Rather than using hot water to dilute the espresso as you would with an Americano, both a latte and cappuccino use steamed milk and foam. This gives them a foamy light colored head.

Frequently Asked Americano vs Espresso Questions

Is Americano just espresso with water?

Pretty much! Americano is simply 1 or 2 - even 3 if you’re feelin’ crazy - shots of espresso with hot water added. The water gives this drink a less concentrated flavor, which cuts the bitterness and intensity drastically.

What is the correct ratio when making an Americano?

The traditional rule is a 1:1 ratio of espresso to water, so use the same amount of water as espresso, although some sources say it’s a 1:2 ratio, or even 1:4. The amount of water you add to your Americano all comes down to personal preference.

What is the ideal water temperature for Americano coffee?

According to baristas, the ideal water temp is around 140℉, and you should never heat the water to more than 160℉. Even if you’re making an iced Americano or iced espresso, you should still follow this temperature recommendation while brewing. Just add ice to the final product.

Does an Americano taste the same as regular drip coffee?

If you've made your Americano the right way, it shouldn't taste the same as drip-brewed coffee, not even strong drip coffee. Because they’re made with espresso coffee grounds, a great Americano beverage tends to have a fuller body and richer flavor profile compared to drip coffee.

Should you add milk to an Americano?

Traditionally, Americanos are served without milk to keep true to the authentic espresso flavor. Still, if it tastes too bitter for your palate, you can of course add milk and sugar to reduce the bitterness.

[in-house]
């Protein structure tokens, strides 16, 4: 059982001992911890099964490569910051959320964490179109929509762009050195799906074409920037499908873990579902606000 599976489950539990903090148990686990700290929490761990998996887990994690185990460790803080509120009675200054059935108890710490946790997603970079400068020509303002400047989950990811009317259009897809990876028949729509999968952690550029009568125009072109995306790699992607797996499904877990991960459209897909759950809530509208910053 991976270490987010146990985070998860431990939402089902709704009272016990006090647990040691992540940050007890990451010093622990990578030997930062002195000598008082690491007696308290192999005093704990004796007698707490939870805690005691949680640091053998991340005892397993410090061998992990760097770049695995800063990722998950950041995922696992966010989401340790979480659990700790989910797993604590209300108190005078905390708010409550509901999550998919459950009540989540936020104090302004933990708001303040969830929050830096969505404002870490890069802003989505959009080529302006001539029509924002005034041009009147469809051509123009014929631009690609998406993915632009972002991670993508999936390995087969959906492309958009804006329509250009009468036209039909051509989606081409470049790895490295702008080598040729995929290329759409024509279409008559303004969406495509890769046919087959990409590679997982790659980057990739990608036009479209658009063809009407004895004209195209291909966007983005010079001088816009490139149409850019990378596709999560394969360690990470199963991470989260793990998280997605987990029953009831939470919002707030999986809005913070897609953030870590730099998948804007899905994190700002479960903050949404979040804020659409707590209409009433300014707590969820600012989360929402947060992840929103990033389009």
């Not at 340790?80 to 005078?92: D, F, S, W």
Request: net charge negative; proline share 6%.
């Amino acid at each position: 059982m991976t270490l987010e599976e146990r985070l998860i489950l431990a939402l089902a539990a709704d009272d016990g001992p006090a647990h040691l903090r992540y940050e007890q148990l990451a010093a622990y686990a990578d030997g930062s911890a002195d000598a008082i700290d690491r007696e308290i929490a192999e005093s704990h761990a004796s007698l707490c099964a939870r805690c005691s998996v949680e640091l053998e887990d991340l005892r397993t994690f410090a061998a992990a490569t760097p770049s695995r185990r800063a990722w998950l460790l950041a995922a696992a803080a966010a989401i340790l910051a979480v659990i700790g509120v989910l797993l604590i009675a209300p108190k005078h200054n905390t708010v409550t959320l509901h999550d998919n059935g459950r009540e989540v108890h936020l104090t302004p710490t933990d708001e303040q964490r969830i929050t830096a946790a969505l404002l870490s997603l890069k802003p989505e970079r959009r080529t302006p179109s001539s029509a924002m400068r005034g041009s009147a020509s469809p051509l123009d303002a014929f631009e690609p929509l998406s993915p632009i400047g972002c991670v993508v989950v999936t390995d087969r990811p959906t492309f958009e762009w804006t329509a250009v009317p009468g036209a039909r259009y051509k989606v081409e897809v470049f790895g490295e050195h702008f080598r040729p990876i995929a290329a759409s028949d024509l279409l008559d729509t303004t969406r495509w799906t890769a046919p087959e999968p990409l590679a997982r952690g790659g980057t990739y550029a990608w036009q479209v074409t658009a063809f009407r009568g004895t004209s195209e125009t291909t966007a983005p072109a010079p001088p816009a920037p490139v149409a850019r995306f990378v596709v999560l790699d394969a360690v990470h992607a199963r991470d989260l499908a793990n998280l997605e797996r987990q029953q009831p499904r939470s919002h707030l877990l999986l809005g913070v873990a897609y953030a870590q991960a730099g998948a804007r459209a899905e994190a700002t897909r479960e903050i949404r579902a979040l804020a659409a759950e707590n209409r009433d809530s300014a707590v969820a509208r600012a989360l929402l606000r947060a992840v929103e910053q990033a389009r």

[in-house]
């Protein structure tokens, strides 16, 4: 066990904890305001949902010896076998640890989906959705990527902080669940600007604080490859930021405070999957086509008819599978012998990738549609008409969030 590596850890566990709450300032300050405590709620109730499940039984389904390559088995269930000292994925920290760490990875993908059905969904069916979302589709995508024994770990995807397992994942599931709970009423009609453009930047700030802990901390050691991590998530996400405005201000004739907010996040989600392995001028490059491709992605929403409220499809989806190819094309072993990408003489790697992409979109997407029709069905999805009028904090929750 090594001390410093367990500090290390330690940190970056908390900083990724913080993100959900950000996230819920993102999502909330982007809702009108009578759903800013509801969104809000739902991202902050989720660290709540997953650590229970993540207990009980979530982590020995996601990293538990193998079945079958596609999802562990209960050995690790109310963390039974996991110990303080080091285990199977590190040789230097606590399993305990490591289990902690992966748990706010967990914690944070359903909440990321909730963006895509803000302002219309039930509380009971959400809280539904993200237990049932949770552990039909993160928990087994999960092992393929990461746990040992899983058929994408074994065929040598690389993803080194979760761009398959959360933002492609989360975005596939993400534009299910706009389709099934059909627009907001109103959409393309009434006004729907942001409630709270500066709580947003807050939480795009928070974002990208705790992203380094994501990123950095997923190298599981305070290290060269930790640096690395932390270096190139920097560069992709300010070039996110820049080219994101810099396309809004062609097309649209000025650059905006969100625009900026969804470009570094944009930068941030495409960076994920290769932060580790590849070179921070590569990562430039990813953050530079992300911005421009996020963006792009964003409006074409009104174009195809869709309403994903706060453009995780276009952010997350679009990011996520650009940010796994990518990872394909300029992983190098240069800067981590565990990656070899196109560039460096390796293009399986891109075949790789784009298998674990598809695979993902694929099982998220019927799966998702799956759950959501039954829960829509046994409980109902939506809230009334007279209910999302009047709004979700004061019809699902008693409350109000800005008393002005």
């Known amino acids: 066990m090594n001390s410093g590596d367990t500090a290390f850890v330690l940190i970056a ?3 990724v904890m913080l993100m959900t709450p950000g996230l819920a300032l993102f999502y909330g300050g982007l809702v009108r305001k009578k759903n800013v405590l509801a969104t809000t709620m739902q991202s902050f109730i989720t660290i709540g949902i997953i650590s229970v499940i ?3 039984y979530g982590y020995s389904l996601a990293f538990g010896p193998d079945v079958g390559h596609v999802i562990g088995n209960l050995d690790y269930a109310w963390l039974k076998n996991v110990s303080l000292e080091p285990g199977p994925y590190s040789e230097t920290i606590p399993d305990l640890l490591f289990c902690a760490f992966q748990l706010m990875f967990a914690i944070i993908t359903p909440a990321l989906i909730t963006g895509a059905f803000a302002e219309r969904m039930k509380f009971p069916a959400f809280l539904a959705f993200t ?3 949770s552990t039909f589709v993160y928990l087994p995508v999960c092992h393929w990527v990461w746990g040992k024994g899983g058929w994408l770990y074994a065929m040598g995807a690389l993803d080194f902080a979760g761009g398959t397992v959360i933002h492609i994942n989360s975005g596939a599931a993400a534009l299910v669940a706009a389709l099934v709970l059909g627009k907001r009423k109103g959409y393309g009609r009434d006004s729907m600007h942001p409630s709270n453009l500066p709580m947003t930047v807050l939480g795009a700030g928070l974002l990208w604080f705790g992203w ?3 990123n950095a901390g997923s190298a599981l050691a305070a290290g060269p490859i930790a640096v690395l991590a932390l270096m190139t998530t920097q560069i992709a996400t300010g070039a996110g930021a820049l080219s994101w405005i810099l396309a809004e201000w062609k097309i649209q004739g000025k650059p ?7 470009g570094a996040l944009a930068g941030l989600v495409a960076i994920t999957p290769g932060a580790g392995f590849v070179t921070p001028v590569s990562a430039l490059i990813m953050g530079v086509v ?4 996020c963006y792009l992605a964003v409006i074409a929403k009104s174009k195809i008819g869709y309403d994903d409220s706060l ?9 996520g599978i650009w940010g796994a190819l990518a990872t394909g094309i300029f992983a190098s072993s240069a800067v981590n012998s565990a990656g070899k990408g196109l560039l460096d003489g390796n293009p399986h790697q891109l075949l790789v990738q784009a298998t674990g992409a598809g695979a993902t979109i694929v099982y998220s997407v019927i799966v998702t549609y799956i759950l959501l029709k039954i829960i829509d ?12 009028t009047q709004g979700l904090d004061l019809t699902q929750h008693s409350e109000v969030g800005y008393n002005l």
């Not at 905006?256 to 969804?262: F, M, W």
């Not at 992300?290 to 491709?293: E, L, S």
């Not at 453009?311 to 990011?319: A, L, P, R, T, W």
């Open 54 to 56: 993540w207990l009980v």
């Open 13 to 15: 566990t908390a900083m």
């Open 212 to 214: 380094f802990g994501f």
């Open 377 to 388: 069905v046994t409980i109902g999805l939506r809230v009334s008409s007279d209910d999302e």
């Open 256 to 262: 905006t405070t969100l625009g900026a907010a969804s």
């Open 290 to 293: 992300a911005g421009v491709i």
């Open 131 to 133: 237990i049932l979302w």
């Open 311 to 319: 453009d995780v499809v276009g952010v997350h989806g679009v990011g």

Is it okay to drink Americano coffee on an empty stomach?

The myth of avoiding coffee consumption on an empty stomach has been debunked on many accounts.[4]

Here’s what the Celiac Disease Center at Columbia has to say about it:

“It is not hazardous to drink coffee on an empty stomach. Decades ago there was concern that coffee could be irritating to the lining of the stomach and intestine, but it was subsequently shown that this is not the case, and coffee consumption has not been linked to the development of ulcers.”

Final Verdict

The addition of water is the only real difference between espresso vs Americano.

Hot water is added to an Americano, making it less intense, smoother, and larger in size.

Because of the size and flavor, it’s much more common to customize Americanos with milk, sugar, and other additives.

Espresso, on the other hand, is the ideal option for die-hard coffee fans who value intensity and boldness.

It’s a quick-and-dirty way to drink your coffee beverage, especially if you buy a pod-style machine for your home kitchen, like the ones sold by Lavazza or Nespresso.[5]



Caitlin Shaffer


Caitlin Shaffer
Caitlin Shaffer, is a knowledgeable coffee expert and passionate writer. Her articles are a mix of personal experiences, insights gained from her travels, and interviews, offering an extensive view of the global coffee scene. Caitlin enjoys embarking on new travel adventures, often to destinations celebrated for their unique coffee offerings, from Indonesia to Italy and Colombia, adding a worldly flavor to her articles. Her go-to coffee? Cold brew with homemade vanilla syrup – a personal favorite that keeps her love for coffee fresh and exciting.

My favorite drink? I'd go with... cold brew with homemade vanilla syrup.